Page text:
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Faculty Profile

Kamaal Haque

Associate Professor of German (2008)

Contact Information

haquek@dickinson.edu

Bosler Hall Room M6
717-245-1283

Bio

His research interests include German film, the literature and culture of the German-speaking Alps, and environmental humanities. He has published on such diverse topics as the German mountain film, Swiss literature, the poetry of Goethe, and Muslim minorities in Germany today. In addition to courses at all levels of German language and culture, he has taught recent courses such as The Mountain in the German Cultural Imagination, Minority Cultures in the German Context and Modern German Film.

Education

  • B.A., Drew University, 1997
  • M.A., Washington University in St. Louis, 2000
  • Ph.D., 2006

2023-2024 Academic Year

Fall 2023

GRMN 101 German in Everyday Life
This course is an introduction to the German language and culture of daily life. It focuses on the acquisition of language skills, such as speaking, reading, writing, and listening and does so while also learning about aspects of every-day cultures in German-speaking countries. Classes are small and emphasize communication. After successfully completing German 101 and 102, students are expected to have reached a basic level of intercultural and cross-cultural competence, that is, to be able to communicate with members of German-speaking cultures with an awareness of differences in language and culture.

GRMN 211 Intro German Intellectual Hist
This course will analyze key documents and scholarly texts, which exemplify important aspects of German thought on various topics such as politics, culture, history, aesthetics, and philosophy. For instance, students may read and analyze Kant's essay on the Enlightenment, Lessing's Laocoon, Schiller's Aesthetic Education, Goethe's work on color theory, Alexander Kluge's Essay-Films, or political essays by Thomas Mann, Alice Schwarzer, and Gunter Grass. Prerequisite: 202, or permission of the instructor.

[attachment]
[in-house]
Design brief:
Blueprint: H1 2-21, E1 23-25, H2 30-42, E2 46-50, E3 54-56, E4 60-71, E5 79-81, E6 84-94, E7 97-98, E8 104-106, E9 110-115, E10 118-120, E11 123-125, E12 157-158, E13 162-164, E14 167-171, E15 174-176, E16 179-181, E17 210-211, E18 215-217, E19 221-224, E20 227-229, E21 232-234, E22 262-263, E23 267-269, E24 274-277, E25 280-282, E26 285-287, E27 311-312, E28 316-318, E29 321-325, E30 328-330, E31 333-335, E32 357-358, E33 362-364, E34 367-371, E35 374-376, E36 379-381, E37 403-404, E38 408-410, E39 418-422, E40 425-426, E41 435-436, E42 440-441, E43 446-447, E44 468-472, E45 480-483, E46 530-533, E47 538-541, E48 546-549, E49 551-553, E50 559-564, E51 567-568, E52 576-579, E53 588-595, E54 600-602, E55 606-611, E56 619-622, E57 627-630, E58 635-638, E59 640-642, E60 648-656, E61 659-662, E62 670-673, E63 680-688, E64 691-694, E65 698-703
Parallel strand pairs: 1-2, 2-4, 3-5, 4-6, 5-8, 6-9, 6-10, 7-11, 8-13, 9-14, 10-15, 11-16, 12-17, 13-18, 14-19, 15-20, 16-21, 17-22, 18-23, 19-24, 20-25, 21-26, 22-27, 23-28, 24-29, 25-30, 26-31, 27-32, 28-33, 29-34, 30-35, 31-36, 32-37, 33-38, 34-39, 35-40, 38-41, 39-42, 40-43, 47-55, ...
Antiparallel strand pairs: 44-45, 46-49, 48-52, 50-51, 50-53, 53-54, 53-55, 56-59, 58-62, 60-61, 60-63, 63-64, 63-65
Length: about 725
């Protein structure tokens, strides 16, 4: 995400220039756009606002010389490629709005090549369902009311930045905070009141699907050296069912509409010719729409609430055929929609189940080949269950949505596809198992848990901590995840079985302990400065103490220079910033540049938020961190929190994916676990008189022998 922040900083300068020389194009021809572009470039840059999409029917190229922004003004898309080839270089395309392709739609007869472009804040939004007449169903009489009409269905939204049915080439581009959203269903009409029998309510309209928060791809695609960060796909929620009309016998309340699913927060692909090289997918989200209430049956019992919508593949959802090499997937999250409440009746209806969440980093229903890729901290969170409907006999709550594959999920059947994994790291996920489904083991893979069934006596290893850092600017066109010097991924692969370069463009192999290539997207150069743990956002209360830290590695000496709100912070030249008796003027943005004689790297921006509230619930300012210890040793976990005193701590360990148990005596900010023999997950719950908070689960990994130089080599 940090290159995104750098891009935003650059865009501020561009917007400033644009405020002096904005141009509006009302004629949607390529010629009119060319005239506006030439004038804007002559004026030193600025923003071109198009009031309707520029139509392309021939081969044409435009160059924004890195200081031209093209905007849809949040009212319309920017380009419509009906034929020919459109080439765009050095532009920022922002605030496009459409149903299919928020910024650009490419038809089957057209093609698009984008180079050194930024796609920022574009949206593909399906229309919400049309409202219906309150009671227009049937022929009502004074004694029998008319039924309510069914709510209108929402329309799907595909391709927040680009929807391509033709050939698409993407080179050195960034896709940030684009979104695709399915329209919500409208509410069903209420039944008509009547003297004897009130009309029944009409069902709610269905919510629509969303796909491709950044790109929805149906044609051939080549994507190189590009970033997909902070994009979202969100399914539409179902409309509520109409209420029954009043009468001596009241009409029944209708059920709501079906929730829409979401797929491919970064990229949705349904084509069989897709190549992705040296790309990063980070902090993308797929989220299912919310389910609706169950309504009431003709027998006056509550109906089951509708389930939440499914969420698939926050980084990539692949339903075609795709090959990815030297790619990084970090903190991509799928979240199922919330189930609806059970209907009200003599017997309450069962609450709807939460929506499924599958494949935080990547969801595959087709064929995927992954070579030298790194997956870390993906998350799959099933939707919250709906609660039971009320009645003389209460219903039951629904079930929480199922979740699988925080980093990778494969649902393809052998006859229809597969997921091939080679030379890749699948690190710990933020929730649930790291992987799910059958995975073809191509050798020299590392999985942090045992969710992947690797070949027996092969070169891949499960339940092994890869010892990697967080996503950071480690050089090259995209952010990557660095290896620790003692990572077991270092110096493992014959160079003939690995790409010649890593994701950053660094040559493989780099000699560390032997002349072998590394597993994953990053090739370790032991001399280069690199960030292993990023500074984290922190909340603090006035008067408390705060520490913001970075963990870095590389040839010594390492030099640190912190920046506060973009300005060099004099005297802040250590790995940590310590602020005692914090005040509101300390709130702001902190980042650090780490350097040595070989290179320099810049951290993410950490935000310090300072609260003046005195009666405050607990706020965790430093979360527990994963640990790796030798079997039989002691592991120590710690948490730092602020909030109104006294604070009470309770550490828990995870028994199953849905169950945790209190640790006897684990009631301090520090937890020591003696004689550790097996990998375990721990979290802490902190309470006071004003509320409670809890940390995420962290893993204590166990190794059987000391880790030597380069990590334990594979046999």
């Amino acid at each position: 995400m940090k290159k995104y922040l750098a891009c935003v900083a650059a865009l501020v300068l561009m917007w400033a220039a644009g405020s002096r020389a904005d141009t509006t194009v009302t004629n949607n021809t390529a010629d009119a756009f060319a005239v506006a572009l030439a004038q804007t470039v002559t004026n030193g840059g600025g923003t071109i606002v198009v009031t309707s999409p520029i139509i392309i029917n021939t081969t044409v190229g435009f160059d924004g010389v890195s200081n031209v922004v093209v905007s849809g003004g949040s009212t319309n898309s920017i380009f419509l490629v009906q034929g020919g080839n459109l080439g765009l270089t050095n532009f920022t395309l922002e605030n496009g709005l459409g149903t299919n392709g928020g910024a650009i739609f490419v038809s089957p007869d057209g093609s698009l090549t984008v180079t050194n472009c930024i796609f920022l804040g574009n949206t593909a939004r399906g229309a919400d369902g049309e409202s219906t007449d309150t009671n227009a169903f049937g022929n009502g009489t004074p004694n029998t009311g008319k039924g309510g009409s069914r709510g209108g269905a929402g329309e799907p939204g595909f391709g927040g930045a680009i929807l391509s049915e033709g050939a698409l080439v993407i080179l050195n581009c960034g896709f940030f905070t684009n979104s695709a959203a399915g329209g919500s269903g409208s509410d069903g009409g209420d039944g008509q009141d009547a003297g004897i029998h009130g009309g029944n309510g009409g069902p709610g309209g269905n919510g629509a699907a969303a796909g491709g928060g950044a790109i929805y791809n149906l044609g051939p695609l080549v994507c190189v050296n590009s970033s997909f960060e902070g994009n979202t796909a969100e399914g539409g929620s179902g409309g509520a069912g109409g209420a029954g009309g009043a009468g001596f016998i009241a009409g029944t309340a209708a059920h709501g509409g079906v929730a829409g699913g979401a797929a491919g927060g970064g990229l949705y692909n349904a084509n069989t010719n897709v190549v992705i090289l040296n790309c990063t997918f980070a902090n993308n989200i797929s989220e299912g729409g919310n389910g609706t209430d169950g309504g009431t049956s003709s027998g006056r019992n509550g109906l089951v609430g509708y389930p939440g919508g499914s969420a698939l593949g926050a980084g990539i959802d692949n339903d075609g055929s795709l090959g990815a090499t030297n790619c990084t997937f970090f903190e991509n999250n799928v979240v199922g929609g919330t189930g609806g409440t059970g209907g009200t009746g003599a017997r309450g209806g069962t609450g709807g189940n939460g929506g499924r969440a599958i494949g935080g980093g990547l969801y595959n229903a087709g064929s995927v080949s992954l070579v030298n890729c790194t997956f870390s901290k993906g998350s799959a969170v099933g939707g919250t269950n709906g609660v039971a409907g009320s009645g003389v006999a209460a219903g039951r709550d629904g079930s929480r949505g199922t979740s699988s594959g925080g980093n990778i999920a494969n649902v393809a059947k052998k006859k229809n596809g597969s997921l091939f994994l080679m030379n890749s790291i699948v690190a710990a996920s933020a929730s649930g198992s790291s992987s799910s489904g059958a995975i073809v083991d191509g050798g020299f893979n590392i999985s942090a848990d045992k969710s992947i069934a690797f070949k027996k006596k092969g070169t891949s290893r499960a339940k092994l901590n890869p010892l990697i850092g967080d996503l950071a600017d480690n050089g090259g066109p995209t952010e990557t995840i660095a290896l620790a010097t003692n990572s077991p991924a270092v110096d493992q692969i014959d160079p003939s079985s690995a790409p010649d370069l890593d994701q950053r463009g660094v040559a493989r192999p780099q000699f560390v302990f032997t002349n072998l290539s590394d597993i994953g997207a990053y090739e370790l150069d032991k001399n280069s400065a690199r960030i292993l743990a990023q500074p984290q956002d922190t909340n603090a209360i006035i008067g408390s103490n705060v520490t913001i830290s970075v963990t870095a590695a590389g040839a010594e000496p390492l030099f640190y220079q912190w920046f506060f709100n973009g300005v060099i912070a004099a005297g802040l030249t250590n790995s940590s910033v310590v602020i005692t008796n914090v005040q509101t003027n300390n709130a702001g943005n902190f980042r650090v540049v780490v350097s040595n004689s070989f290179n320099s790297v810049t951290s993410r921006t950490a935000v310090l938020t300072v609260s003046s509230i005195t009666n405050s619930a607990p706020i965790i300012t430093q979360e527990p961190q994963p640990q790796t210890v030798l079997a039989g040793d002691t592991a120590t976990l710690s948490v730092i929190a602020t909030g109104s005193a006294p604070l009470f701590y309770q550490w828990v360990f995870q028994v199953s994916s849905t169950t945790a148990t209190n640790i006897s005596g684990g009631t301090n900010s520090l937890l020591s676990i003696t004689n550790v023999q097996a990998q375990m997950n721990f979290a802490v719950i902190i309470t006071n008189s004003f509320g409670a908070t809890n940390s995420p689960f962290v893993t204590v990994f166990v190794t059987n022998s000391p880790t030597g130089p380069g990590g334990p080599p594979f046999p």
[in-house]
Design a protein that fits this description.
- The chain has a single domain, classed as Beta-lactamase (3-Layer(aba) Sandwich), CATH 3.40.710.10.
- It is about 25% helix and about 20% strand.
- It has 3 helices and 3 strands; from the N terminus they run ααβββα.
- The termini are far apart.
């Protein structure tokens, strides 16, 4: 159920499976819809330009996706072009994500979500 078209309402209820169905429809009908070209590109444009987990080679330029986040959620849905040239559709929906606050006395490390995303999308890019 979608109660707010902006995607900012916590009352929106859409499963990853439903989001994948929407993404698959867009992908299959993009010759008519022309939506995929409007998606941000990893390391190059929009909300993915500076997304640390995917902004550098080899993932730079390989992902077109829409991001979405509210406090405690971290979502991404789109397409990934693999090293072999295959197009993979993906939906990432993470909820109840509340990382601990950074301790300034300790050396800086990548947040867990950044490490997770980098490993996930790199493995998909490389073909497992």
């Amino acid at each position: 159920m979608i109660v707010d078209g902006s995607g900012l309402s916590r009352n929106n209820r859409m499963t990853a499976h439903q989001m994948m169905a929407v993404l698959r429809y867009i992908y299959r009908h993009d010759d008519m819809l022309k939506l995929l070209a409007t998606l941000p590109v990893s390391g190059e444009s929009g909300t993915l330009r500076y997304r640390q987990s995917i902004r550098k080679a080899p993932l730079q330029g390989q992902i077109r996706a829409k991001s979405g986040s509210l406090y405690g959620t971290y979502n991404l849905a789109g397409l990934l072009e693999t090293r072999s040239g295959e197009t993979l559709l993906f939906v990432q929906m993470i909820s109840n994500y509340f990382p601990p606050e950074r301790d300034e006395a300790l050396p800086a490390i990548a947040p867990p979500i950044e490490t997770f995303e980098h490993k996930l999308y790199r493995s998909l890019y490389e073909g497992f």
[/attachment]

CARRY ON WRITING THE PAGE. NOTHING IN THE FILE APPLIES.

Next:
GRMN 500 Independent Study

Spring 2024

GRMN 102 German in Everyday Life
This course is an introduction to the German language and culture of daily life. It focuses on the acquisition of language skills, such as speaking, reading, writing, and listening and does so while also learning about aspects of every-day cultures in German-speaking countries. Classes are small and emphasize communication. After successfully completing German 101 and 102, students are expected to have reached a basic level of intercultural and cross-cultural competence, that is, to be able to communicate with members of German-speaking cultures with an awareness of differences in language and culture. Classes meet five times a week. Prerequisite: 101 or the equivalent, or permission of the instructor.

GRMN 202 Int Grmn II: Mediated Grmn Clt
What was occupied Vienna like in post-WWII Central Europe? How does a film convey fear? Is German academic writing different from how I write papers at Dickinson? Posing these or similar questions, this course builds students’ basic intermediate level of cultural and linguistic skill and explores the challenges of understanding and communicating with various media in colloquial, academic, and professional contexts. As it does so, students will acquire a better understanding of contemporary and historical issues, anxieties, and desires in the German-speaking world. There will be a special focus on writing in different modes, as this is a writing in the discipline (WiD) course. Prerequisite: 201, or permission of the instructor.

GRMN 400 Mtns in German Cult Imag
In this course, we will examine how mountains are transformed from places of terror in the pre-modern period to places of pleasure and leisure today. We will consider how the presence of mountains informs German, Austria and Swiss self-identity and will talk about the ecological, economic and touristic challenges facing mountains in general and the Alps in particular. Topics will also include: how the Nazis appropriate the mountains for their propaganda purposes, how and why a Himalayan mountain has come to be known as "Der Schicksalberg der Deutschen," and the discovery of the iceman "Ötzi" in the Alps. We will look not only at non-fiction texts, but the mountains in fiction, film, music and visual art, as well.